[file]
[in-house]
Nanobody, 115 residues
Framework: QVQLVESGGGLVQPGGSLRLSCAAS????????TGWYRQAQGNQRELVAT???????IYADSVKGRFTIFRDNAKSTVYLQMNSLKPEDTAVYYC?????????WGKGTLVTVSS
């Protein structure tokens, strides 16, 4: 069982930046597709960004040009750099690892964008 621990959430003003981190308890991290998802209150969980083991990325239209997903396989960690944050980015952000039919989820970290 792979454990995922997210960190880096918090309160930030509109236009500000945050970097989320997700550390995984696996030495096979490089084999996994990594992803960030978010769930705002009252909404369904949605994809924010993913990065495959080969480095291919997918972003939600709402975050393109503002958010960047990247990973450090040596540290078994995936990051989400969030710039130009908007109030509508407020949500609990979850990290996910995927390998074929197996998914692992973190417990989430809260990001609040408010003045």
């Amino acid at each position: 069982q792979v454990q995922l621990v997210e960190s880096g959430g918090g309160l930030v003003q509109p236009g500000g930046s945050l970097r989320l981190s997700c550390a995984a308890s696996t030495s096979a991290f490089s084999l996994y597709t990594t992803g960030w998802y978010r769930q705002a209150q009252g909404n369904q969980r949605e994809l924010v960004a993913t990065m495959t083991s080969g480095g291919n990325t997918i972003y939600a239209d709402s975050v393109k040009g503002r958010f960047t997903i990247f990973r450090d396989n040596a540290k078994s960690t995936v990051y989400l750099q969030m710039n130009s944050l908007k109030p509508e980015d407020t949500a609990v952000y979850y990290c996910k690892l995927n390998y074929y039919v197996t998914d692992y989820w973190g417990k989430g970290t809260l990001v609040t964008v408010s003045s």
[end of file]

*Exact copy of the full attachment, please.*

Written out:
[in-house]
Nanobody, 115 residues
Framework: QVQLVESGGGLVQPGGSLRLSCAAS????????TGWYRQAQGNQRELVAT???????IYADSVKGRFTIFRDNAKSTVYLQMNSLKPEDTAVYYC?????????WGKGTLVTVSS
């Protein structure tokens, strides 16, 4: 069982930046597709960004040009750099690892964008 621990959430003003981190308890991290998802209150969980083991990325239209997903396989960690944050980015952000039919989820970290 792979454990995922997210960190880096918090309160930030509109236009500000945050970097989320997700550390995984696996030495096979490089084999996994990594992803960030978010769930705002009252909404369904949605994809924010993913990065495959080969480095291919997918972003939600709402975050393109503002958010960047990247990973450090040596540290078994995936990051989400969030710039130009908007109030509508407020949500609990979850990290996910995927390998074929197996998914692992973190417990989430809260990001609040408010003045």
């Amino acid at each position: 069982q792979v454990q995922l621990v997210e960190s880096g959430g918090g309160l930030v003003q509109p236009g500000g930046s945050l970097r989320l981190s997700c550390a995984a308890s696996t030495s096979a991290f490089s084999l996994y597709t990594t992803g960030w998802y978010r769930q705002a209150q009252g909404n369904q969980r949605e994809l924010v960004a993913t990065m495959t083991s080969g480095g291919n990325t997918i972003y939600a239209d709402s975050v393109k040009g503002r958010f960047t997903i990247f990973r450090d396989n040596a540290k078994s960690t995936v990051y989400l750099q969030m710039n130009s944050l908007k109030p509508e980015d407020t949500a609990v952000y979850y990290c996910k690892l995927n390998y074929y039919v197996t998914d692992y989820w973190g417990k989430g970290t809260l990001v609040t964008v408010s003045s």